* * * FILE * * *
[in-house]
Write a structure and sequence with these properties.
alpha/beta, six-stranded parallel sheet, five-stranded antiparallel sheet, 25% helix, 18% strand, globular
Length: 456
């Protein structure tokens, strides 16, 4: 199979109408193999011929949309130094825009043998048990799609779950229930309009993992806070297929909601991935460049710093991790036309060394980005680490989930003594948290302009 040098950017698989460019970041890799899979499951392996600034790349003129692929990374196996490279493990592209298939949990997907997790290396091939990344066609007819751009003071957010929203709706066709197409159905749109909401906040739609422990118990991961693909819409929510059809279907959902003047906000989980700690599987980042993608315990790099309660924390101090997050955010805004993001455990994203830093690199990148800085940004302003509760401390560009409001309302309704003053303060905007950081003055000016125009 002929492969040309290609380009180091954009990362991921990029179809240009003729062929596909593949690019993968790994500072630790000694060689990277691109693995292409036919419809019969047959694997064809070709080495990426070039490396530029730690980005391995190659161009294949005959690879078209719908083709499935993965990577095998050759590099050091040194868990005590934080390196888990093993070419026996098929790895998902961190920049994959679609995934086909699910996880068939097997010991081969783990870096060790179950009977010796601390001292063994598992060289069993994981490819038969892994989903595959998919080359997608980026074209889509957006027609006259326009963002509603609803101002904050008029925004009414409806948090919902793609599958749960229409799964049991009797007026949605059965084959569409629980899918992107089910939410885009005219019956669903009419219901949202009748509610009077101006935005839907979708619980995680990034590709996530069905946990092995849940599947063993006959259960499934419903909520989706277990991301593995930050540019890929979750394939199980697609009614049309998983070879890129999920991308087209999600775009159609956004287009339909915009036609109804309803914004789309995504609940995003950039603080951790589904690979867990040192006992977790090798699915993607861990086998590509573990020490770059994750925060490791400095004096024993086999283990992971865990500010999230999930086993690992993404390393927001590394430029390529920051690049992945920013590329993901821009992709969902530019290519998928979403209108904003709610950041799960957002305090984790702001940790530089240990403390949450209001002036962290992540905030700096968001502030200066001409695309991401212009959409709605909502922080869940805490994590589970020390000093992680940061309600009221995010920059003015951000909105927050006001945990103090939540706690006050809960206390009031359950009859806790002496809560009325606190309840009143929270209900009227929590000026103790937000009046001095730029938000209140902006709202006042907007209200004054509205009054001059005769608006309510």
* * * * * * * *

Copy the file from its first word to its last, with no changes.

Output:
[in-house]
Write a structure and sequence with these properties.
alpha/beta, six-stranded parallel sheet, five-stranded antiparallel sheet, 25% helix, 18% strand, globular
Length: 456
């Protein structure tokens, strides 16, 4: 199979109408193999011929949309130094825009043998048990799609779950229930309009993992806070297929909601991935460049710093991790036309060394980005680490989930003594948290302009 040098950017698989460019970041890799899979499951392996600034790349003129692929990374196996490279493990592209298939949990997907997790290396091939990344066609007819751009003071957010929203709706066709197409159905749109909401906040739609422990118990991961693909819409929510059809279907959902003047906000989980700690599987980042993608315990790099309660924390101090997050955010805004993001455990994203830093690199990148800085940004302003509760401390560009409001309302309704003053303060905007950081003055000016125009 002929492969040309290609380009180091954009990362991921990029179809240009003729062929596909593949690019993968790994500072630790000694060689990277691109693995292409036919419809019969047959694997064809070709080495990426070039490396530029730690980005391995190659161009294949005959690879078209719908083709499935993965990577095998050759590099050091040194868990005590934080390196888990093993070419026996098929790895998902961190920049994959679609995934086909699910996880068939097997010991081969783990870096060790179950009977010796601390001292063994598992060289069993994981490819038969892994989903595959998919080359997608980026074209889509957006027609006259326009963002509603609803101002904050008029925004009414409806948090919902793609599958749960229409799964049991009797007026949605059965084959569409629980899918992107089910939410885009005219019956669903009419219901949202009748509610009077101006935005839907979708619980995680990034590709996530069905946990092995849940599947063993006959259960499934419903909520989706277990991301593995930050540019890929979750394939199980697609009614049309998983070879890129999920991308087209999600775009159609956004287009339909915009036609109804309803914004789309995504609940995003950039603080951790589904690979867990040192006992977790090798699915993607861990086998590509573990020490770059994750925060490791400095004096024993086999283990992971865990500010999230999930086993690992993404390393927001590394430029390529920051690049992945920013590329993901821009992709969902530019290519998928979403209108904003709610950041799960957002305090984790702001940790530089240990403390949450209001002036962290992540905030700096968001502030200066001409695309991401212009959409709605909502922080869940805490994590589970020390000093992680940061309600009221995010920059003015951000909105927050006001945990103090939540706690006050809960206390009031359950009859806790002496809560009325606190309840009143929270209900009227929590000026103790937000009046001095730029938000209140902006709202006042907007209200004054509205009054001059005769608006309510």